BY JACK HEIDEL
The writer is member of the Learning Community Coordinating Council.
The lead story in the Dec. 11 World-Herald,“Grades are in for the Learning Community,” discusses the Learning Community’s 2012 annual report, available at www.learningcommunityds.org.
The main focus of the newspaper story is open enrollment, which has had limited success toward increasing socioeconomic diversity in the 199 school buildings in the 11 Omaha-area school districts that make up the Learning Community.
It is important to keep in mind the overall purpose of the Learning Community, which is to address the academic achievement gap between students from low and middle-income families in the two-county metro area.
The extent of this gap is stunning (both statewide and in the Learning Community), as indicated by the chart above, which is extracted from the annual report.
In this data, free or reduced-price lunch is used as measure of low income. For simplicity, only the reading proficiency scores from the Nebraska Statewide Assessment are presented here. The data on NeSA writing and math proficiency tests show similar or even greater achievement gaps. Note that the reading proficiency gap is stable (although quite large) from third through sixth grade and then gets progressively greater in seventh, eighth and 11th grades.
The Learning Community Coordinating Council proceeds on the basis that the only effective way for schools to help overcome the dreadful academic impact of childhood poverty is to get kids started out on sound educational track at the earliest possible age.
The $4.8 million received by the Learning Community from one-cent property tax levy is spent almost entirely for innovative programs at neighborhood schools with high FRL levels, mostly in north and South Omaha. The Learning Community Center of South Omaha offers parenting education, navigator services and adult education to low income Hispanic-Latino families with elementary-age children.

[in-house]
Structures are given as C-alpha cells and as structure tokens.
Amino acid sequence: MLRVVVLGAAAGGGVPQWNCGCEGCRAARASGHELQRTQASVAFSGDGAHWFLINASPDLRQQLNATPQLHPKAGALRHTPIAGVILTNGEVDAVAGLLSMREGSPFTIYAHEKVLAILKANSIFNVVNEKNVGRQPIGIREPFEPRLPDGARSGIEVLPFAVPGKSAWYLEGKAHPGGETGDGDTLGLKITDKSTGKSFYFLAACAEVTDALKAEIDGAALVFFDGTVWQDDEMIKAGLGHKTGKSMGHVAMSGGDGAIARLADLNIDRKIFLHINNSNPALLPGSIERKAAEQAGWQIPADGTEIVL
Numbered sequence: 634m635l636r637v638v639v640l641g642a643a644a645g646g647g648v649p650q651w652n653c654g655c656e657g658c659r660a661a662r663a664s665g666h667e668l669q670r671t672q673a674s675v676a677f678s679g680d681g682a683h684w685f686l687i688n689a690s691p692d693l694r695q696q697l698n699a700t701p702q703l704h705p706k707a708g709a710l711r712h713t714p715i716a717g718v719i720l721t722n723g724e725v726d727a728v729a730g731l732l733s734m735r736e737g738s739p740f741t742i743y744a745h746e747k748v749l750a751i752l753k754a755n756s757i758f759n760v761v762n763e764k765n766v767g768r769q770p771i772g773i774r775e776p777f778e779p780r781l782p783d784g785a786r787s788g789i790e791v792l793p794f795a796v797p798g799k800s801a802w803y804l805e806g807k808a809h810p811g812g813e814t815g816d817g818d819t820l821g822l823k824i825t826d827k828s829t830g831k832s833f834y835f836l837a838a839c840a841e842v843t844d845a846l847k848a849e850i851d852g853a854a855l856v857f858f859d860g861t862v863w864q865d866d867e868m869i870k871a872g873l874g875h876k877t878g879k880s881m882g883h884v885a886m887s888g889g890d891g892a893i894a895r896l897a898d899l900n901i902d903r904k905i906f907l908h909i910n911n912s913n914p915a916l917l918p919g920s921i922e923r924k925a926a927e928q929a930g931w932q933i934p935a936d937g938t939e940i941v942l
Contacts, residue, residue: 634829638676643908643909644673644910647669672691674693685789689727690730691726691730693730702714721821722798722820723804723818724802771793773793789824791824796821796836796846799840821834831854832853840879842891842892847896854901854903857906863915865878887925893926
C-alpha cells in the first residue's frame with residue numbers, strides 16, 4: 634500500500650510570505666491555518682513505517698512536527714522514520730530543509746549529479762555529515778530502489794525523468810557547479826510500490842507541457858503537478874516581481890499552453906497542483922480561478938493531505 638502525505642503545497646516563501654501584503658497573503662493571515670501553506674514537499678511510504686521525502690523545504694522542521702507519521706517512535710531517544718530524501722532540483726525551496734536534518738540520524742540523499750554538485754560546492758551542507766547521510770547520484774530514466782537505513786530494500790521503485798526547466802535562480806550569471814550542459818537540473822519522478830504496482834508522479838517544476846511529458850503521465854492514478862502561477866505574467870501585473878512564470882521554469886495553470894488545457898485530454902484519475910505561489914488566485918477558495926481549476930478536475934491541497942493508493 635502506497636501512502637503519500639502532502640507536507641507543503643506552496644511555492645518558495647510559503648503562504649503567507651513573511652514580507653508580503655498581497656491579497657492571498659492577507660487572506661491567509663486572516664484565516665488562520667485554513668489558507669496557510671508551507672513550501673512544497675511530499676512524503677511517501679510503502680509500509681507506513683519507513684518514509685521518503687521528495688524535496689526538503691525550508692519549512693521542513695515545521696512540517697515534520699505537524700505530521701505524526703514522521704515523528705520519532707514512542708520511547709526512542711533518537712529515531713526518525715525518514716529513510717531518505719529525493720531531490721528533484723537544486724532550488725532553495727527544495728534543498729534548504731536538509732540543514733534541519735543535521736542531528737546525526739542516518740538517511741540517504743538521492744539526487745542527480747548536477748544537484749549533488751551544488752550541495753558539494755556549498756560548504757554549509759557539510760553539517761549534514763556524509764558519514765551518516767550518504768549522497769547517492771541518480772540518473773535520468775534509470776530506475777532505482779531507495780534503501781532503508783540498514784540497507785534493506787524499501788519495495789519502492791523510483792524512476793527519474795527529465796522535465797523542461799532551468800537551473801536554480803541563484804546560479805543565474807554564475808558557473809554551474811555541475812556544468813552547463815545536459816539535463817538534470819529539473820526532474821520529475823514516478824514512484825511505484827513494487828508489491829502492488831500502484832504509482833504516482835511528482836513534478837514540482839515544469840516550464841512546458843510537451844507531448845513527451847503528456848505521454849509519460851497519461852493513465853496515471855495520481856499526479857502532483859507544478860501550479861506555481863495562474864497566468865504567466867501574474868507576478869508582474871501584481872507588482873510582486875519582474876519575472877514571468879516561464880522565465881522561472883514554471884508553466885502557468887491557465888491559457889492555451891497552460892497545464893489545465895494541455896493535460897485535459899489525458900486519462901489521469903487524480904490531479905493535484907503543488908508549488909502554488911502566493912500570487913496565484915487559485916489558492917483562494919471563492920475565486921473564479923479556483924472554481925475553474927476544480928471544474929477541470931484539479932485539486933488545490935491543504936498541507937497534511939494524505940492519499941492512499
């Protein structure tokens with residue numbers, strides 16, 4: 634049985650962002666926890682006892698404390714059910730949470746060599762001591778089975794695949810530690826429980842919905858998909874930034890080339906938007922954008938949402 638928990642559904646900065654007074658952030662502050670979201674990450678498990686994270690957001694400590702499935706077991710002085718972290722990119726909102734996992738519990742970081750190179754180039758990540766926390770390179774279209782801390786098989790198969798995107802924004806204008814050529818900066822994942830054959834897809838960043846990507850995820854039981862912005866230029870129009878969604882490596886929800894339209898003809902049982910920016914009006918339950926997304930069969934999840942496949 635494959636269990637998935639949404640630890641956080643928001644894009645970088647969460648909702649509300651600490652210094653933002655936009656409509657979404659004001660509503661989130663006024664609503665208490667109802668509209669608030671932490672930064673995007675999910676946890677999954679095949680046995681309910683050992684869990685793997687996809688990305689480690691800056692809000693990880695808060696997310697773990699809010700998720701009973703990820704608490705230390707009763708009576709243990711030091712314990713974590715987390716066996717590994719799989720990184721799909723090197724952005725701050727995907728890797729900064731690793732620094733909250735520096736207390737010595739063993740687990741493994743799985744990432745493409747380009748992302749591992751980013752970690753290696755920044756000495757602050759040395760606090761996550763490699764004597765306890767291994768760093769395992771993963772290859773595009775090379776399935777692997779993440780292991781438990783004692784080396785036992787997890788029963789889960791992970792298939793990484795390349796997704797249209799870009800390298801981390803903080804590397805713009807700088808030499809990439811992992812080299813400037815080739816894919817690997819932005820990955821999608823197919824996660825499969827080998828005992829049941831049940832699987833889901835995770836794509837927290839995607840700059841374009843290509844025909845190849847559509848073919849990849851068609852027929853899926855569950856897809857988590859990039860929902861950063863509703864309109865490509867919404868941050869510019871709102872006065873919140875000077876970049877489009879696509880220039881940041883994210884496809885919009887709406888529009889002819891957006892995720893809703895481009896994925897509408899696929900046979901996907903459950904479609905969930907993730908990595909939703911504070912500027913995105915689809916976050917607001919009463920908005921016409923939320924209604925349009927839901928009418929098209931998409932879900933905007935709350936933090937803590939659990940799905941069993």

The highly innovative strategy in north Omaha is to focus intensely on very young children and to work with community partners such as the Educare Center of Omaha, Building Bright Futures and Metropolitan Community College, as well as Omaha Public Schools, to develop effective programs that can then be scaled up and replicated by others.
The first elected group of Learning Community Coordinating Council members took office in January 2009 and had to create an entire structure and organization from scratch. Now completing its fourth full year of operation, there is five-member staff to implement the programs approved by the 18-member council.
Already in the 2012-13 academic year, there are 11,000 low income school children being served by its programs, in all 11 school districts. The framework is now in place for major gains to be achieved in the underlying mission to improve educational performance for children living in poverty.
Nebraskans should feel proud of supporting such promising educational initiative.